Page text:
Uber and Lyft were expected to shut down service at 11:59 p.m. tonight as a court ruling forcing them to reclassify drivers as employees was set to go into effect. With just hours to spare, an appeals court judge granted the companies a reprieve.
Earlier on Thursday, ride-hailing driver-organizers and activists gathered outside Uber’s headquarters in San Francisco. They distributed personal protective equipment and staged a car caravan as part of a rally to demand employee protections for drivers.
Organizations like Gig Workers Rising, We Drive Progress, and Rideshare Drivers United have been calling on Uber and Lyft to reclassify drivers as employees under AB 5, a state law that passed last year. The intent was to give gig workers protections like minimum wage, sick pay, and reimbursement for work expenses.
Last week, a California superior court judge issued a ruling that would force Uber and Lyft to comply with AB 5 by August 20. The companies argued they would need more time to make the significant changes necessary to convert drivers to employees, and therefore intended to temporarily shut down service in California.
“If they shut down, they’re gonna shut down because they want to bully us, they want to bully the drivers, they want to put pressure on us so we can vote for them,” said Rosa Mendoza, a ride-hail driver and gig worker, on Wednesday evening as the shutdown was still impending. She was referring to a pending ballot initiative the companies have promoted.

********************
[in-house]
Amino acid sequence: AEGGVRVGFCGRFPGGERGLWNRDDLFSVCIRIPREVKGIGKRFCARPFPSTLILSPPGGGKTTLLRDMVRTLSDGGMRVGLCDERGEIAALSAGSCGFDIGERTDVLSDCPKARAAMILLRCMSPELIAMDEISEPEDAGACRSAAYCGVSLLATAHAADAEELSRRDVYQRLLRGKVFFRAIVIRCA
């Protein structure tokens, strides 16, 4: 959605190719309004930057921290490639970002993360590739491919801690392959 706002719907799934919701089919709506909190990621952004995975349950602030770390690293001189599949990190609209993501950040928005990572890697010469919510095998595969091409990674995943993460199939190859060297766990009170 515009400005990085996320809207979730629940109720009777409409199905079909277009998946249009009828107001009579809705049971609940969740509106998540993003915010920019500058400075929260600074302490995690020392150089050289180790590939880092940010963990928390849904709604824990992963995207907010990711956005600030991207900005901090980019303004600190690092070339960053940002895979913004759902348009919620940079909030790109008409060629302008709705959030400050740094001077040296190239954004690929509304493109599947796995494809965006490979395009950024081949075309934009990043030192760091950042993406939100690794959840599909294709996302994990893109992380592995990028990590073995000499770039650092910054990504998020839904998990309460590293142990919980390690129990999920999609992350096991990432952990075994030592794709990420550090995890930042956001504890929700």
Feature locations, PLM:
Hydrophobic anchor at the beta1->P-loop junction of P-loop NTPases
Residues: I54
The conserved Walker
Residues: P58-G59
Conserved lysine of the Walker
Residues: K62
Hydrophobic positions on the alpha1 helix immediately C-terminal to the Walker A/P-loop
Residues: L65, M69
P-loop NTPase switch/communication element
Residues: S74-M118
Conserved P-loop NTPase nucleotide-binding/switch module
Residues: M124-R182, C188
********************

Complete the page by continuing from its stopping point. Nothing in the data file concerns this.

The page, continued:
The companies asked for more time to comply, were denied, and then appealed. That appeal was granted Thursday, but with a requirement that the companies demonstrate that they have a plan in place to implement compliance with AB 5 if the ongoing litigation to force them to comply prevails and should Proposition 22, a state ballot measure, fail. The initiative, backed by Uber and Lyft, would give drivers some protections but maintain their status as contractors.
“In California, the Prop 22 ballot initiative we’re supporting would protect driver independence and flexibility, while providing historic new benefits and protections, including contributions toward health care coverage, occupational accident insurance, and minimum guaranteed earnings,” said John Zimmer, a Lyft cofounder, on a recent earnings call.
Both Uber and Lyft maintain that the majority of drivers want to stay contractors rather than become employees. In an email survey from a ride-hail drivers blog, some 71% of drivers surveyed indicated they would prefer to remain contractors.
Driver-organizers like Mekela Edwards disagree. She said the companies’ insistence that a contractor model offers more flexibility than employee status is misleading, because the nature of the work already puts constraints on drivers.
“You definitely don’t want to log on at 2 a.m. when there’s no passengers. There’s a time that you log on, there are rules that you have to follow, your star rating has to be in good standing,” she said. “There are so many ways that we have to comply with these companies, and so we are already employees.”
Uber said it had already made significant changes to the app to ensure drivers can continue to work independently under California law. “When over 3 million Californians are without a job, our elected leaders should be focused on creating work, not trying to shut down an entire industry during an economic depression,” the company said in a statement.
The Yes on 22 campaign has not yet responded to a request to interview drivers.